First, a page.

Wednesday, July 20, 2011

What was interesting about your last visit to the doctor?

By Geoffrey Heard

Free entertainment along the road, free fresh-off-the-tree bananas? What unexpected thing happened last time you were on your way to visit your doctor?

It is a beautiful, sunny morning in Paradise 1, Vunakabi, and the first thing on the agenda today is to take 10 year old Roselyn (named for her grandmother) to the doctor to have her cut and infected foot treated. Well, to the nurse at the clinic a couple of villages away, Rapitok. That means traveling by bus along a secondary route. Could mean a fair wait for the bus.

As we wait at the roadside for an hour-and-a-half for a bus which will pick us up (a couple go past full), I have to consciously suppress the niggle of misplaced urgency.

I chuckle as I on what I would be doing right this moment if I wasn't sitting at the side of the road chatting with Roselyn the child, Roselyn the grandmother, a couple of the kids who are shooting at a tree with their slingshots (and having a go and scoring a lucky hit myself), other members of the family wandering in and out of the picture, chatting with passersby, and editing pictures and writing this on my laptop.

I would be sitting on the tank stand 20 meters away doing exactly the same thing -- but with a poor chance of spotting and stopping the appropriate bus, that's what! I'm not waiting for a bus, I'm having a morning with my family!

There are no designated bus stops outside town. There are designated routes (we're on number 4) and maximum prices, but apart from that the bus stops when hailed or when passengers indicate that they want to get out.

Finally a bus arrives with a couple of empty seats heading where we want to go. Roselyn and I climb in, satisfy the natural curiosity of the other passengers interested in why a 10 year old Tolai girl is addressing the old white guy as "Bubu Geoff" (Grandfather Geoff -- in fact, I am the child's putative Great-Grandfather), and prepare to enjoy the trip through satisfyingly scenic surrounds.

A couple of kilometers along the road, we hear the sounds of celebration. "Subuna," explains Roselyn excitedly, "they're going to do a bride price exchange."

This is something I haven't experienced. It's pretty much an all day event, I am told, where the groom's husband visits the bride's home village to complete payment of the marriage settlement and claim the bride.

She hides in her parents' house and won't come out. The visitors tempt her and try to persuade her to come out with their singsings (song and dance). Finally, they might enter the house and physically remove her.

It is all pre-arranged and scripted and regarded by everyone as jolly good fun. At least, I'm told that is so today. I'm not sure it was always thus.

As we reach the hamlet where the subuna is in progress, the beating of drums and the chanting voices rise to a happy crescendo, then we are past and it fades behind us.
After a 20 minute ride, we reach our destination only to find the clinic closed. More waiting. The sister, it seems, will come, she is very reliable, but she has to catch the bus from another village, Taulil, which is poorly served. We settle down to wait in the shade of a tree under which someone has built a small stall out of bush materials. The two or three women occupying it today are making one or two small improvements to it while selling the ubiquitous betel nut and a few food other items, including some "banana mau" (ripe bananas -- similar to the Cavendish banana common in Australia).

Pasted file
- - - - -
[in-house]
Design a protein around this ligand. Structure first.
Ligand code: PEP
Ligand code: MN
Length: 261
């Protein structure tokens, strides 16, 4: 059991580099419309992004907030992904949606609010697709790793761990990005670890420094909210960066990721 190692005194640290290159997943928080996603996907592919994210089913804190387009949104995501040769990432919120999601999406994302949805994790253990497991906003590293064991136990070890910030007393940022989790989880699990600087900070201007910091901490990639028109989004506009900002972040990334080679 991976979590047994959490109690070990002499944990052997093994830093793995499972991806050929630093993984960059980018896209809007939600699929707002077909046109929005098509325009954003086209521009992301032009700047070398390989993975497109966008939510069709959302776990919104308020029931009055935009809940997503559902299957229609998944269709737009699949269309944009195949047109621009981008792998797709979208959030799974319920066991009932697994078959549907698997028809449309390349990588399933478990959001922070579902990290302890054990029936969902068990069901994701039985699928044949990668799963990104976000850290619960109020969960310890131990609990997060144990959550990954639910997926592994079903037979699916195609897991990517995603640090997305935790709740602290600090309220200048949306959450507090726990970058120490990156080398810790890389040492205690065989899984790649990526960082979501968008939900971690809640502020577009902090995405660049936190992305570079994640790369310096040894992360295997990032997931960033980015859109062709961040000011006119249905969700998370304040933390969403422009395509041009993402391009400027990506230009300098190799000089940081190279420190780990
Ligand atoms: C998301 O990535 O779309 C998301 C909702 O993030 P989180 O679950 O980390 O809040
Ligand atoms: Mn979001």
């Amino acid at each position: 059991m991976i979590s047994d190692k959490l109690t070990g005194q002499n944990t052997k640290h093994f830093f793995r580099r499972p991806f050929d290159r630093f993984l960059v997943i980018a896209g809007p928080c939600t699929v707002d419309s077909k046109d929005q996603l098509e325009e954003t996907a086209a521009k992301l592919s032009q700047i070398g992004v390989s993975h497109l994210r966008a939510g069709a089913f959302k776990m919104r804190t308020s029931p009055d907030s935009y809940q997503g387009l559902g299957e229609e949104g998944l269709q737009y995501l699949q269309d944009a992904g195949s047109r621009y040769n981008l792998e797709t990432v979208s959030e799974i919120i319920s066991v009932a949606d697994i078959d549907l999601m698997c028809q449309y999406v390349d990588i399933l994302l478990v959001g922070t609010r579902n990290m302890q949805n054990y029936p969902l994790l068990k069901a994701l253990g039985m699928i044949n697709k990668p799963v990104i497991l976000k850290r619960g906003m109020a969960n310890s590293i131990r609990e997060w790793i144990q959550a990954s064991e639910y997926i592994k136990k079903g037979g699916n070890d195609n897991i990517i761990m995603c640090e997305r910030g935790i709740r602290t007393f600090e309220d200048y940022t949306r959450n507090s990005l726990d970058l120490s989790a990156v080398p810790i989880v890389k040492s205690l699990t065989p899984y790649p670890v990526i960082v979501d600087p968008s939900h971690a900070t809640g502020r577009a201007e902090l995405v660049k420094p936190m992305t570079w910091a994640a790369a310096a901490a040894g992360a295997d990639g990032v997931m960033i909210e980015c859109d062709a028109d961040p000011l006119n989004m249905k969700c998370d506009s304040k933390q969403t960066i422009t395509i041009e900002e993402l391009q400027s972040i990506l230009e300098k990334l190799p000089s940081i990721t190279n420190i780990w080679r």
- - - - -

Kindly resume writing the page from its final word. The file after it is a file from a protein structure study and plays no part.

We chat back and forth a bit, explain the Bubu Geoff thing again, and settle down to wait. I'm working through my email (ain't mobile technology grand? it is when it works!) when one of the ladies makes me a gift of a hand of bananas. It turns out her son is a PMV driver I've travelled with a number of times who has become a friend.

Roselyn and I are enjoying a banana snack when a mini-bus arrives with the nurse. She bustles in, lines up the patients on the bend outside the clinic, and deals with them all cheerfully, caringly and with despatch. More patients arrive as we are leaving -- it's going to be a busy day.

Across the road a couple of people are waiting for the bus heading out. We join them; one is an old bloke and having ascertained that I am a b-4 (foreigner who was in PNG a long time ago -- I find it hilarious to be a b-4 -- back in the day, that referred to people who had been in PNG before WWII), launches into reminiscence. We swap the names of people we both knew back then, laugh about the absurd (and there was plenty of that), applaud some of our contemporaries, share sadness over tragedy, and -- like all old blokes -- condemn the current generation and agree that the world has gone to the dogs since our day.

In the course of that, it transpires that a former colleague lives just down the road. My new friend is just proposing that we stroll down to say hello to him when the bus arrives. We all have to take it -- there might not be another bus for an hour or three.

I promise to return on my next visit. Lovely to see you again, Rapitok. ###


This material is copyright © Geoffrey Carrascalao Heard 2011.

The opinions and comments in this article are his own.

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